Hydro Response has carried out a number of flood response deployments, both nationally and internationally. This is where our expeirience counts, fighting real floods.
Heavy rain saw the town’s storm water network at capacity with overflowing drains. A WIPP Barrier was deployed across an intersection preventing the storm water from flowing down the street to neighbouring properties.
The Water-Gate was deployed across the access to the local Fernside School, allowing the draining of flood waters away from the central building area, diverting the flow around the buildings.
WIPP Barriers were deployed around a home to divert flood waters from a nearby stream which over topped its bank.
Due to extraordinarily heavy rain in the Waitaki River catchment, lake and river levels had risen with the Meridian Waitaki power station dam running at full capacity. Water had to be spilled from the dam in order to maintain safe levels. The released water raised the Waitaki River to a level that caused a breech in the river bank adjacent to the Waitaki River township.
Hydro Response was asked to assist in protecting the township. Members of the local rural fire and civil defence teams worked through the night, deploying the WIPP, Watergate and Geodesign barriers. River water was kept at bay while the flooded areas around the homes were pumped dry and property protected from damage.
When a stream had breached its banks and had made its way across a number of life style blocks in the Fernside area of North Canterbury, threatening one of the homes in its path, Hydro Response was asked to respond, where we deployed a WIPP barriers and diverted water around the home.
When the stream behind the town of Sefton in North Canterbury burst its banks after heavy rain, Hydro Response was asked by Waimakariri Civil Defence to assist in protecting a home that was in direct line of the flood waters and had been flooded out a year earlier. Hydro Response deployed two WIPP barriers and diverted the water from the home keeping it dry.
Hydro Response was asked by Emergency Management Queensland (EMQ) in Australia, if we were able to assist in the installing of 375m of the Pallet Barrier borrowed from New South Wales, to protect the town of Charleville, approximately 800km inland from Brisbane. This was due to the rising Warrego River which flows past the town.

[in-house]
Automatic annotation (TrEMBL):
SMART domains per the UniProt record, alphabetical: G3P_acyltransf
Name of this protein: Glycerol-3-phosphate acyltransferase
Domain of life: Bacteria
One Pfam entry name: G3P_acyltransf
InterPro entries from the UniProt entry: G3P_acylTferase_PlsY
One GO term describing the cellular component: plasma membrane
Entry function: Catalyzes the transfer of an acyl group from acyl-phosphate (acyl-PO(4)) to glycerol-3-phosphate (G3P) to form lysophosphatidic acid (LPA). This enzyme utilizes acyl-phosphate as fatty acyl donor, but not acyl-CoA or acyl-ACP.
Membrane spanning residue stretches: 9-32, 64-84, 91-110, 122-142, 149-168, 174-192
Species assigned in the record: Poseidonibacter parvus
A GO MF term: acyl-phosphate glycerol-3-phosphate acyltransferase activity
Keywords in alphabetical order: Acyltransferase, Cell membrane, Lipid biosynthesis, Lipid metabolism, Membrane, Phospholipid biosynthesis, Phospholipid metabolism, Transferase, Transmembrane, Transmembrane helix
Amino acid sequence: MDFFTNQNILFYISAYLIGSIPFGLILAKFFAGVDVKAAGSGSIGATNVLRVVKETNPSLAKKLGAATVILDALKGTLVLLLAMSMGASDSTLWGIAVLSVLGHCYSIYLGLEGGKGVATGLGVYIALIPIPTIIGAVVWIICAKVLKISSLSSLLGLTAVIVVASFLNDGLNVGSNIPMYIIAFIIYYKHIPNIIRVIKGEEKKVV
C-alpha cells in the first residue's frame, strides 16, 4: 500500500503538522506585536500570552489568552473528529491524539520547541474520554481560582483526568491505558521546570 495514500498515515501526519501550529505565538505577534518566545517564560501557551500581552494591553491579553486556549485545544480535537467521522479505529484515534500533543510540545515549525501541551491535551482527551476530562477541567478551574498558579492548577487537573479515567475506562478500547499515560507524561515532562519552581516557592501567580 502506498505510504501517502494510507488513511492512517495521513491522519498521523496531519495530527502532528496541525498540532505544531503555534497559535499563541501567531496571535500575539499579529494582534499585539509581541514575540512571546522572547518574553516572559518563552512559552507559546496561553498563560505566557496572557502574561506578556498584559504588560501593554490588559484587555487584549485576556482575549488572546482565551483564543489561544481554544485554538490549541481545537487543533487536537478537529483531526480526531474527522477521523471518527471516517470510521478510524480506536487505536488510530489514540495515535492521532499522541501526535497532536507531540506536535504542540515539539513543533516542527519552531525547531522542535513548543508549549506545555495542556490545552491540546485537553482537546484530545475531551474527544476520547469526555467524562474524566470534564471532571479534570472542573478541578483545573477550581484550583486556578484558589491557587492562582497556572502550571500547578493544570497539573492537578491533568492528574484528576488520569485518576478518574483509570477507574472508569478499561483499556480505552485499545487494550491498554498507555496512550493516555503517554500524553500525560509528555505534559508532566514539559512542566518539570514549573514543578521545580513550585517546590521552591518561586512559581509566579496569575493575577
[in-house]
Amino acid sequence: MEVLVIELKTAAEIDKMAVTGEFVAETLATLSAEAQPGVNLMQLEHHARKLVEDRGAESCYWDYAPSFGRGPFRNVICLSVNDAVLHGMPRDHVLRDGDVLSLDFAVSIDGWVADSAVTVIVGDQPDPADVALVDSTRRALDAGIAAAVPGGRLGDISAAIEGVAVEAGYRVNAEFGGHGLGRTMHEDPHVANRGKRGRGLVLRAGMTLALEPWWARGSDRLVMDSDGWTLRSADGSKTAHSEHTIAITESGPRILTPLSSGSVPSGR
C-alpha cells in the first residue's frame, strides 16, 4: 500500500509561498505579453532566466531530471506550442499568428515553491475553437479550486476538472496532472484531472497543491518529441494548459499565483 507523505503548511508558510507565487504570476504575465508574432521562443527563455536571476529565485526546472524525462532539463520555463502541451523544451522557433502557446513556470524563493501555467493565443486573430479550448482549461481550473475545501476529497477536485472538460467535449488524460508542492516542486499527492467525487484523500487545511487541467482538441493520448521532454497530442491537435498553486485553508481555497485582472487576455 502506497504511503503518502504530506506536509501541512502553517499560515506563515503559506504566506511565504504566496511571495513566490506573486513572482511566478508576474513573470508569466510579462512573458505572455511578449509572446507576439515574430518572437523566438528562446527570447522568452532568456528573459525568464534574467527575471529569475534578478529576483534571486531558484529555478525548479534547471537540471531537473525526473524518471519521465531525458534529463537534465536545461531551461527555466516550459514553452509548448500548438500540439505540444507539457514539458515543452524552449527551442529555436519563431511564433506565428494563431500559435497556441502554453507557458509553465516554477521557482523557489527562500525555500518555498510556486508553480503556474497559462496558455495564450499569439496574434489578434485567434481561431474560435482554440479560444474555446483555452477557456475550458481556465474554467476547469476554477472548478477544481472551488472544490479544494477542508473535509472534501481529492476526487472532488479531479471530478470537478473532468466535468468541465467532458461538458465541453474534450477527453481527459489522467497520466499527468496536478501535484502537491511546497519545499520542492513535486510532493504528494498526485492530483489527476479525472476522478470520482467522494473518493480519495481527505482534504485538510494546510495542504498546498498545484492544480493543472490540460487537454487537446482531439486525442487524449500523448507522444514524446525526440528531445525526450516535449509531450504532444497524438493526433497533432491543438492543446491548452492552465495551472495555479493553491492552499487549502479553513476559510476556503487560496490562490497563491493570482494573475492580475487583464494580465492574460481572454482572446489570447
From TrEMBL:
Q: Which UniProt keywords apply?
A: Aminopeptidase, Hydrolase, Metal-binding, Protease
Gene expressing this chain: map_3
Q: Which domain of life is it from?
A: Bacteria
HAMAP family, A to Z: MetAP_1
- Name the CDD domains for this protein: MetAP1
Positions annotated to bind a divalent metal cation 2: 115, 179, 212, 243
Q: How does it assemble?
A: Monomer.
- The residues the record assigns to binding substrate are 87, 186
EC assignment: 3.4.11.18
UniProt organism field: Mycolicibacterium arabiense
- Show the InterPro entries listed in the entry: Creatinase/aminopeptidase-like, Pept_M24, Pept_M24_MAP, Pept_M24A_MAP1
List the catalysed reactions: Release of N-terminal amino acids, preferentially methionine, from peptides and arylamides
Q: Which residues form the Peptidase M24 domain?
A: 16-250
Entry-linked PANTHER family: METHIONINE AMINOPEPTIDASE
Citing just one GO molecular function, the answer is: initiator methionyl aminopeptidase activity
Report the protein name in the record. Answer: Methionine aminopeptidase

Staff from EMANZ and Palmerston North Rescue Team together with Clay Griffin, Managing Director of Hydro Response, flew out of the country two hours later to Australia and spent the following days assisting with the flood response for this community, keeping it safe from floodwaters.
EMERGENCY: Clay Griffin directed the building
of a flood protection barrier in the
Queensland town of Charleville.
A Christchurch flood specialist has helped save a town in Queensland.
Clay Griffin was part of a New Zealand emergency team called in to build a flood barrier for the town of Charleville, which was under threat from rapidly rising floodwaters.
Griffin, the managing director of Christchurch company Hydro Response Ltd, said that after receiving a call last Friday he was on a plane within hours -- heading to Charleville, 780km west of Brisbane.
Levee equipment was flown in on two Royal Australian Air Force Hercules aircraft that evening, leaving Griffin and his team of three other Kiwis and Australian volunteers to battle the flood through the night.
Apart from an hour's sleep at 5am, the Kiwis worked on until the 375m-long flood wall was in place.
Many people who had been evacuated from their homes came to help, said Griffin.
"They were great. They all got behind us and anything we wanted they went out and got it."
Their work was acknowledged by Australian Prime Minister Kevin Rudd, who made a surprise visit on Sunday.
Charleville's 4000-strong population had been pretty nervous about the rising river, but there was relief as the hastily built levee did its job, said Griffin.
The Warrego River reached its 6m peak about noon on Tuesday